Root, like Trott, was helped by an easing in the pitch, a quickening of the outfield and some ordinary bowling. But he seized on the short ball, played consummately off the back foot and reached his second fifty in Test matches with an assured boundary through the covers.
For most of the time he looked to be the senior partner, though Trott never lets these matters concern him. He simply chugged along, mildly annoying the bowlers as usual with his pernickety preparation at the crease, nudging here and accumulating there.
It was a surprise when Root was late on a defensive shot to Southee, the ball taking the inside edge as it moved down the slope. He is not a batsman given to exhibit his feelings – he could be Wayne playing poker – but he clearly remonstrated with himself as the middle stump was removed. All this compounded the shift in the match which began in the day’s second over. New Zealand arrived having been the superior team throughout most of the first two days, as they had been during the series between the teams in their own country two months ago.
There was not much in it but the tourists will have had in mind a first-innings lead at the least.
For the second successive day, Jimmy Anderson was irresistible and Steve Finn outrageously fortunate, but Stuart Broad was the catalyst by inducing an edge from Brendon McCullum with his second ball.
McCullum reviewed the decision but it can only have been in the hope that the technology was faulty. Kane Williamson, after reaching a well-appointed, studious 50 was unfortunate to be caught behind glancing a rare leg-side ball from Anderson. The innings folded quickly and Anderson’s dismissal of Martin with a humdinger brought him five wickets in an innings for the fourth time at Lord’s. Finn was a little deserving of his four.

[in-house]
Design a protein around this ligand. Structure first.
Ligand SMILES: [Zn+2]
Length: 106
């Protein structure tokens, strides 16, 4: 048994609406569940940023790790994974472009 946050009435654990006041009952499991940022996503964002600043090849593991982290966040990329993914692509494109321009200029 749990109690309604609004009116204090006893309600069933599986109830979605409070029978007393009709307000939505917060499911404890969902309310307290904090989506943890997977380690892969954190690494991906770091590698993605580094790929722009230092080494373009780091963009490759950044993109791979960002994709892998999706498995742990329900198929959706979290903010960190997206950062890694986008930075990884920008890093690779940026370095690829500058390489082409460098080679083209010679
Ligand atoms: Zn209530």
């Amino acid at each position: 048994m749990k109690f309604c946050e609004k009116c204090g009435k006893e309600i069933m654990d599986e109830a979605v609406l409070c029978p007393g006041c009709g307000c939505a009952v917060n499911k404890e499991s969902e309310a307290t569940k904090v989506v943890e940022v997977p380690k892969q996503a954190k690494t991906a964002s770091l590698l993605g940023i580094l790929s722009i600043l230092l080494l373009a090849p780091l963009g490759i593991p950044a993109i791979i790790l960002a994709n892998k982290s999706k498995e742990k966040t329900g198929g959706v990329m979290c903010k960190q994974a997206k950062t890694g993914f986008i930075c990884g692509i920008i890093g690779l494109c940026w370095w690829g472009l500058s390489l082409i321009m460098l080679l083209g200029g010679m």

England lost both their openers on 36 after a confident opening. Alastair Cook was out for the sixth time in seven innings to left arm swing, Nick Compton was the victim of his own diffidence. Root and Trott seemed to have repaired the damage but with this England nothing is guaranteed any more.
Bluffer’s guide to Joe Root
• Born 30 December 1990 in Dore, Sheffield.
• Studied at the King Ecgbert School in Sheffield, which was also attended by Jessica Ennis. He was in his first year when she was in her last.
• Went to the Sheffield Collegiate Cricket Club, the same as former England captain Michael Vaughan, and also his father, Matt, who played as wicketkeeper for the club.
• His younger brother, Billy, 20, currently plays with the MCC Young Cricketers. While this is Joe’s first appearance at Lord’s, his father and brother played against each other at HQ earlier this month in an MCC v MCC Young Cricketers match.
• Named Cricket Writer’s Club Young Player of the Year in 2012.
• Hit 73 runs from 229 balls faced in the first innings of his Test debut in India in December, and then made an unbeaten 20 in his second innings as England forced the draw they needed to win their first Test series in India in 27 years.
Batting ave: 36.50